Most adults experience insomnia or sleeplessness at one time or another and want to know how to sleep better. Having trouble falling asleep affects an estimated 30-50% of the general population and 10% have chronic insomnia. According to the nonprofit National Sleep Foundation:
- 70 million Americans are affected by either intermittent or chronic sleep problems
- 28 percent sleep eight or more hours a night
- 20 percent sleep less than 6 hrs a night
- Only 30 percent discuss their sleeplessness with their doctor
- 54 percent of adult drivers (110 million) have driven drowsy at least once in the past year
- 28 percent claim to have nodded of or fallen asleep while driving
Additionally, other sources claim:
- Nearly 61 percent reporting trouble sleeping were women versus about 39 percent men.
- Insomnia peaks in middle age (45-64 years old) and a second increase appears in people 85 and older.
- African Americans and Asians appear less likely to report trouble sleeping or insomnia than whites.
- Those with higher education also are less likely to report insomnia or trouble sleeping.
1. Get an understanding of what insomnia is. Insomnia is a symptom, not a stand-alone diagnosis or a disease. By definition, insomnia is “difficulty initiating or maintaining sleep. Occasionally having trouble sleeping is normal for most people. For instance, some people only have trouble sleeping during very stressful periods at work, or when personal problems arise. These emotional traumas often prevent a healthy night sleep. It’s bad enough having trouble sleeping one night, try having months of it and you’ll know what it’s like to be an insomniac.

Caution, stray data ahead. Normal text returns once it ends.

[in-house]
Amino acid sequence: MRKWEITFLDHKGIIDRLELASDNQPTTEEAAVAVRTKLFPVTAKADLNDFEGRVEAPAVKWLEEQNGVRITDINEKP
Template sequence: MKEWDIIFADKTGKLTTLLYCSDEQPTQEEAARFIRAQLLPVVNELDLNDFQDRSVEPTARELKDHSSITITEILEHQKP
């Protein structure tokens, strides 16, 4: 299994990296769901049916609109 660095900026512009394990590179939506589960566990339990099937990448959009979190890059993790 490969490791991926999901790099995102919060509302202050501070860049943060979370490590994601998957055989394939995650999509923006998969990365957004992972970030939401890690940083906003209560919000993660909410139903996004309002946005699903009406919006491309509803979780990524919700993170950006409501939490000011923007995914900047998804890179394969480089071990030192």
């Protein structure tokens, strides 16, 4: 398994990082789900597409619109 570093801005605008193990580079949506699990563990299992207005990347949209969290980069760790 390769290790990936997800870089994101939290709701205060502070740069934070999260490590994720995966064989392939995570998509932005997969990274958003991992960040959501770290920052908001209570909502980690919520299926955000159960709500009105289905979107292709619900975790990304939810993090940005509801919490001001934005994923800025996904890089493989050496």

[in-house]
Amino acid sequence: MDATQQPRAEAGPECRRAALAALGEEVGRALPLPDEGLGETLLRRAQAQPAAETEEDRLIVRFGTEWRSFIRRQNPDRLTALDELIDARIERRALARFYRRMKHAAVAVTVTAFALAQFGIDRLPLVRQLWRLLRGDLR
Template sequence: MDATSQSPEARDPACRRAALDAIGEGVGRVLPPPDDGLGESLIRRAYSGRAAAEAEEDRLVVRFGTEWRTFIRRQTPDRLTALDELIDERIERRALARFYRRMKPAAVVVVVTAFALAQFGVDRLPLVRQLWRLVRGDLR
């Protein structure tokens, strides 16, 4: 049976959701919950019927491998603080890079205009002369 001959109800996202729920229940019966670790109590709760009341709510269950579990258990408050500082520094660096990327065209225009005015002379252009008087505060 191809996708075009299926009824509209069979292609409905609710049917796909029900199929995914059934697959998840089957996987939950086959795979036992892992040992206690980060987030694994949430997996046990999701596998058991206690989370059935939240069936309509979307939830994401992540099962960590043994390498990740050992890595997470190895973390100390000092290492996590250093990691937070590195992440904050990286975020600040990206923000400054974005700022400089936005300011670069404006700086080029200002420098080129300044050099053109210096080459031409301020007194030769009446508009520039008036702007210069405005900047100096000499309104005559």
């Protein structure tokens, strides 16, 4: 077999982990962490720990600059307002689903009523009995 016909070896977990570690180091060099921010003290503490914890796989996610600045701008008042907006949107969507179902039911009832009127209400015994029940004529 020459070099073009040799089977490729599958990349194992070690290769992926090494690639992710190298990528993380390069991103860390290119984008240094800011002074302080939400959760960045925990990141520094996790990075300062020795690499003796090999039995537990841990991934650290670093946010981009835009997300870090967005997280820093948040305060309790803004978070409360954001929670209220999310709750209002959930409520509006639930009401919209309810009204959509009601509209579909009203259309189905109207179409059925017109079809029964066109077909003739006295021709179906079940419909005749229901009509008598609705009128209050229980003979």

However, because insomnia is often considered a key symptom of depression, you should consult a doctor if you a experiencing log-term sleep loss and want to know how to sleep better. Many people, who have trouble sleeping, feel that their symptoms and problems are ignored not just by their colleagues, friends and family, but by their doctors. Learning how to sleep better is not going to happen over night. Here are 6 tips that have worked well for others.
2. Consider alternative drug-free methods and remedies to help induce sleep. Natural sleep remedies like chamomile flowers are used in alternative medicine and is usually found in stores as tea. Try over-the-counter sleep aids if the alternative methods don’t work. They are effective for an occasional sleepless night but the more often you take them, the less effective they become. When taking over-the-counter sleep remedies don’t drive or attempt other activities that require alertness while taking the drug. How to stay asleep
3. Exercise regularly. Three or four moderate sessions of exercise each week is all it takes to help you sleep better and provide more energy. Those regularly engaging in moderate exercise likely to experience fewer episodes of sleeplessness, however, although exercising is a good preventative measure, I don’t recommend exercising too close to bedtime.